Today, advocates, clergy and family members of individuals sentenced to juvenile life without parole for crimes they committed as children joined Second Chances 4 Youth to release a report documenting the systemic disadvantages facing juveniles in the adult criminal justice. “Basic Decency: An Examination of Natural Life Sentences for Michigan Youth,” was released in partnership with the American Civil Liberties Union of Michigan at a news conference at Lansing’s St. Paul’s Episcopal Church.
“As parents, teachers and older siblings, we inherently understand that kids are fundamentally different than adults,” said Deborah LaBelle, the principal author of the report. “They are impulsive, inexperienced, vulnerable to mistreatment, and are not able to easily escape or cope with abuse and other trauma. While there is no denying that youth must be held accountable for actions, as a state, we can do better than sentencing them to die in prison.”
To date, 371 young people have been sentenced to life without the possibility of parole in Michigan. This includes more than 100 individuals who were sentenced to life without parole who were present or committed a felony when a homicide was committed by someone else.
“We are compounding the tragedy of serious crime by virtually throwing away the lives of these children,” said Reverend Joe Summers of St. Paul’s Episcopal Church, “The idea that youth can never change flies in the face of all that we know and is against any sense of moral redemption.”
The 38-page report explores the fiscal and human costs of juvenile life without parole sentences and the disproportionate punishments and documented racial disparities found in the plea bargaining process for youth accused of certain crimes. The findings rely on publicly available data produced by the Michigan Department of Corrections and survey responses from individuals originally charged with first-degree homicide in Michigan for crimes committed as youth since 1975.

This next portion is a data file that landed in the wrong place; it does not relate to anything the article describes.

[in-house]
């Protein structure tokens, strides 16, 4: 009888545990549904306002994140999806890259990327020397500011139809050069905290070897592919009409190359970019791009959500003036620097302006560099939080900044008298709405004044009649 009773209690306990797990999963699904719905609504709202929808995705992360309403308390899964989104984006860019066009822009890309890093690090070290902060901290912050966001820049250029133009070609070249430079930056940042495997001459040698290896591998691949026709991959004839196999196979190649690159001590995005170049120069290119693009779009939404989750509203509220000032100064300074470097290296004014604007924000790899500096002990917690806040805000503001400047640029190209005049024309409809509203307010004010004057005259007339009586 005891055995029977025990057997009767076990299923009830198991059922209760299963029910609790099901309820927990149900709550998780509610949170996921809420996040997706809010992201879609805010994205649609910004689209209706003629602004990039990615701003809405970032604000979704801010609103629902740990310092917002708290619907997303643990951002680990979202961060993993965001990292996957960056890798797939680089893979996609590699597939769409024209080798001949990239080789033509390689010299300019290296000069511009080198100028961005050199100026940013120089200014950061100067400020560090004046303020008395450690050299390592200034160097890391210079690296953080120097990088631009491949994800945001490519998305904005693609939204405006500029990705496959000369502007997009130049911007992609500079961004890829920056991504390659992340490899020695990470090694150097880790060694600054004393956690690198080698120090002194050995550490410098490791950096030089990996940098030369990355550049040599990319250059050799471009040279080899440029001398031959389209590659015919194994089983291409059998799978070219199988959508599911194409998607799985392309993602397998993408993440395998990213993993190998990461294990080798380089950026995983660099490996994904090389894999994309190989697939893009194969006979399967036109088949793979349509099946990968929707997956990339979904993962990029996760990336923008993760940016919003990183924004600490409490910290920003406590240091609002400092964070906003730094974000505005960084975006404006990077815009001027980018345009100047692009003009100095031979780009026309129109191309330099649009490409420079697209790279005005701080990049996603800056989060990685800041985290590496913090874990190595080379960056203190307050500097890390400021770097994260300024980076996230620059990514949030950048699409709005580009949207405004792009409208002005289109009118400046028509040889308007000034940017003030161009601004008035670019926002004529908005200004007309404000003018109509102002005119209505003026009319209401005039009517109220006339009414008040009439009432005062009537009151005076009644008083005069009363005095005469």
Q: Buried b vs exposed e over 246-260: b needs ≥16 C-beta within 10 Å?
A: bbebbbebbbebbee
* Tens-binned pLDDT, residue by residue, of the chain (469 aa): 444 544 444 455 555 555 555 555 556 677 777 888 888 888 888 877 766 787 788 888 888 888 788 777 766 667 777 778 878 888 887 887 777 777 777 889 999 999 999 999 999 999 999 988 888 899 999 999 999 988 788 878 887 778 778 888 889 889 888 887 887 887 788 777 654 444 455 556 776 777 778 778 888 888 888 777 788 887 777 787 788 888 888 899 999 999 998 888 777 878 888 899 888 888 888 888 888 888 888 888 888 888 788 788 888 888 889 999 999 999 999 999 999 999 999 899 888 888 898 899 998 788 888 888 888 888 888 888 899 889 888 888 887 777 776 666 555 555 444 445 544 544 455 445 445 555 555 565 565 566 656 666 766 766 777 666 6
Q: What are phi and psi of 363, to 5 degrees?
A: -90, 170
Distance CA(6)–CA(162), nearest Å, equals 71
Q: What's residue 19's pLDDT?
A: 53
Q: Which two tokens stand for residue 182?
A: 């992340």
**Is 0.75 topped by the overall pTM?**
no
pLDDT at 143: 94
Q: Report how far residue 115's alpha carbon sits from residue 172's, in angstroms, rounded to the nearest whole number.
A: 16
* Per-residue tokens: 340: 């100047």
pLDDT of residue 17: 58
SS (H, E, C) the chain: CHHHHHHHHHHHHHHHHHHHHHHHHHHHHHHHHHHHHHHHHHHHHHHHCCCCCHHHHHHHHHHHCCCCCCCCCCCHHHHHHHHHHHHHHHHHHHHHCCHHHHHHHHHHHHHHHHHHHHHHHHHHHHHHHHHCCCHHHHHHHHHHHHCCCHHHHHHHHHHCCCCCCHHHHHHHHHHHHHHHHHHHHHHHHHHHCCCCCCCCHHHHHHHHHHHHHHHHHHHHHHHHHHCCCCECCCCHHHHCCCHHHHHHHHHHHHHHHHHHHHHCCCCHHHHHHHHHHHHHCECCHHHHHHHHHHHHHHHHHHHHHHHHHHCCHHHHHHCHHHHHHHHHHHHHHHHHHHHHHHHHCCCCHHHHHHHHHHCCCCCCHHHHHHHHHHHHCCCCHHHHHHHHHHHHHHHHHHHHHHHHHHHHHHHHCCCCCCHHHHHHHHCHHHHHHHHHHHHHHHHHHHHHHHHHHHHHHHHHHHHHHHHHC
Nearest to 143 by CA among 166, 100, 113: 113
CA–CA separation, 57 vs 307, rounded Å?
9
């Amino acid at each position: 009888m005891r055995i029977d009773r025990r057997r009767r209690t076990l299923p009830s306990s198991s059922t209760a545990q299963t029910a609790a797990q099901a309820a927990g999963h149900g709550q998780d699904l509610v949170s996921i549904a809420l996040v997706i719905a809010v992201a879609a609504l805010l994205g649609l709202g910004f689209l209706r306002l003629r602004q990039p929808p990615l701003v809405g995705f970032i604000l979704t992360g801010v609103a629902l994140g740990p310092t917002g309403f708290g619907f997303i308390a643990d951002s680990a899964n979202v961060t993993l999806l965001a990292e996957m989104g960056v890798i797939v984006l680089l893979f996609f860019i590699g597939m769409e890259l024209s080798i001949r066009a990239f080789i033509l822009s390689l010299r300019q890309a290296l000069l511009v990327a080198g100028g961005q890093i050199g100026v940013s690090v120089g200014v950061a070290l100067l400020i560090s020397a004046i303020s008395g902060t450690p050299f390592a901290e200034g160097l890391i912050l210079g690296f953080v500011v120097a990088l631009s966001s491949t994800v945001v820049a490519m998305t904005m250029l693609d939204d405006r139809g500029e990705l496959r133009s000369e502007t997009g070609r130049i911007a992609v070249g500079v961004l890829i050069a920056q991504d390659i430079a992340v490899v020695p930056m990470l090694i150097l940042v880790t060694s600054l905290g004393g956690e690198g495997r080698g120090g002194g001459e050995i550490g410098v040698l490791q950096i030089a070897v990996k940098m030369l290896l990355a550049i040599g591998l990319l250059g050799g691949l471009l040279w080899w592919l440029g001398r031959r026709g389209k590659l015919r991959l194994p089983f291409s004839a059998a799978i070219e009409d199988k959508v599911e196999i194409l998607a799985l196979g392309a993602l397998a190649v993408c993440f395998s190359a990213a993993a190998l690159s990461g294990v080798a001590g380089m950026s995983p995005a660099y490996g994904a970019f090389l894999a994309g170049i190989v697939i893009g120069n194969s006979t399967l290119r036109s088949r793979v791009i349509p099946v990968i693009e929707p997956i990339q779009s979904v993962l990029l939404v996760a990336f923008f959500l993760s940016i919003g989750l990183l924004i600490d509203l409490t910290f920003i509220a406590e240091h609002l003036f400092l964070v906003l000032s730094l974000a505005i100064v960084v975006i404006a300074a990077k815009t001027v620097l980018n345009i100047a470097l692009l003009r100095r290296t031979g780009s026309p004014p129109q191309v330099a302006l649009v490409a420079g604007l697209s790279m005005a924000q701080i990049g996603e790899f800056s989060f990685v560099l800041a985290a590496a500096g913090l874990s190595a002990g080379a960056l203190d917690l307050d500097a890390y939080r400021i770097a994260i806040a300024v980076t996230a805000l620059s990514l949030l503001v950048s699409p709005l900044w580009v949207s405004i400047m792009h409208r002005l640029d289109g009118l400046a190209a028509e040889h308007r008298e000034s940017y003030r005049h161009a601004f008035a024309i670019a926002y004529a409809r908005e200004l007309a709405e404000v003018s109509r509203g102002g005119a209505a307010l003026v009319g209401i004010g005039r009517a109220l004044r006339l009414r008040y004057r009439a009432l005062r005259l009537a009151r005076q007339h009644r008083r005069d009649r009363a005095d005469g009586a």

The report documents the many challenges youth face in the criminal justice system, including that:
- Race seriously affects the plea bargaining process for adolescents. Youth accused of a homicide offense where the victim was white were 22 percent less likely to receive a plea offer than in cases where the victim was a person of color. In addition, there are clear geographic disparities with Oakland, Calhoun, Saginaw and Kent Counties offering lessor sentences to youth at significantly lower rates than the state average.
- Juveniles reject plea offers at much higher rates than adults; therefore adults receive lessor sentences for comparable crimes. Juveniles are less equipped to negotiate plea offers because of their immaturity, inexperience, and failure to realize the value of a plea deal. Many report that they did not fully understand the nature of the charges they were facing, the crime they were on trial for, or the meaning of parole.
- Attorneys who have represented youth convicted and sentenced to life without parole in Michigan have an abnormally high rate of attorney discipline from the State Bar of Michigan. About 5 percent of all attorneys are reprimanded, however 38 percent of counsel representing youth sentenced to life without parole have been publicly sanctioned or disciplined for egregious violations of ethical conduct.
Michigan law requires that children as young as 14 who are charged with certain felonies be tried as adults and, if convicted, sentenced without judicial discretion to life without parole. Judges and juries are not allowed to take into account the fact that children bear less responsibility for their actions and have a greater capacity for change, growth and rehabilitation than adults.
The U.S. is the only country in the world that sentences youth to life without parole. In the last five years, there has been a downward trend in imposing such sentences across the nation. Michigan is one of only six states deviating from this national movement. Michigan currently incarcerates the second highest number of people serving life sentences without parole for crimes committed when they were 17 years old or younger.
The report was made possible by a generous grant from the Ford Foundation – Working with Visionaries on the Frontlines of Social Change Worldwide.